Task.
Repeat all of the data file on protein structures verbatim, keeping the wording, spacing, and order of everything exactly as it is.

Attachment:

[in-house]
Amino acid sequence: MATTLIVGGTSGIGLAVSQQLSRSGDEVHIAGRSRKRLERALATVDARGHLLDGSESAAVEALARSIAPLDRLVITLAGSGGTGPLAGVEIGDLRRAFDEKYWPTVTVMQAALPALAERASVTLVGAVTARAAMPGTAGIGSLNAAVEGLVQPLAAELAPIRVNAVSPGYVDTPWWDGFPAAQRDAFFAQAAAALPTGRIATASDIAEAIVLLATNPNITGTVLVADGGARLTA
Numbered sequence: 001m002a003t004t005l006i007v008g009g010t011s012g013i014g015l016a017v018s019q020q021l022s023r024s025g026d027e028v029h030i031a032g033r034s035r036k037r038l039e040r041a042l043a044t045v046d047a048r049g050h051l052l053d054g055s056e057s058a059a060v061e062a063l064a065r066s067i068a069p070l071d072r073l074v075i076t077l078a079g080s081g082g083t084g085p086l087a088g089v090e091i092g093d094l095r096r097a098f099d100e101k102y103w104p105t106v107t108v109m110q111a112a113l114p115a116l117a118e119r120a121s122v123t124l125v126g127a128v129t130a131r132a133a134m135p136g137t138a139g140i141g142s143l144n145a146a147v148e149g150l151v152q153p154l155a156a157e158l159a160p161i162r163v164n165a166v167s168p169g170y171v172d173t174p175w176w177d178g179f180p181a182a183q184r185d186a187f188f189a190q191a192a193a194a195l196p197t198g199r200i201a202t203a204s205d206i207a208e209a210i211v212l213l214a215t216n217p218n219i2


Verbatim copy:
[in-house]
Amino acid sequence: MATTLIVGGTSGIGLAVSQQLSRSGDEVHIAGRSRKRLERALATVDARGHLLDGSESAAVEALARSIAPLDRLVITLAGSGGTGPLAGVEIGDLRRAFDEKYWPTVTVMQAALPALAERASVTLVGAVTARAAMPGTAGIGSLNAAVEGLVQPLAAELAPIRVNAVSPGYVDTPWWDGFPAAQRDAFFAQAAAALPTGRIATASDIAEAIVLLATNPNITGTVLVADGGARLTA
Numbered sequence: 001m002a003t004t005l006i007v008g009g010t011s012g013i014g015l016a017v018s019q020q021l022s023r024s025g026d027e028v029h030i031a032g033r034s035r036k037r038l039e040r041a042l043a044t045v046d047a048r049g050h051l052l053d054g055s056e057s058a059a060v061e062a063l064a065r066s067i068a069p070l071d072r073l074v075i076t077l078a079g080s081g082g083t084g085p086l087a088g089v090e091i092g093d094l095r096r097a098f099d100e101k102y103w104p105t106v107t108v109m110q111a112a113l114p115a116l117a118e119r120a121s122v123t124l125v126g127a128v129t130a131r132a133a134m135p136g137t138a139g140i141g142s143l144n145a146a147v148e149g150l151v152q153p154l155a156a157e158l159a160p161i162r163v164n165a166v167s168p169g170y171v172d173t174p175w176w177d178g179f180p181a182a183q184r185d186a187f188f189a190q191a192a193a194a195l196p197t198g199r200i201a202t203a204s205d206i207a208e209a210i211v212l213l214a215t216n217p218n219i2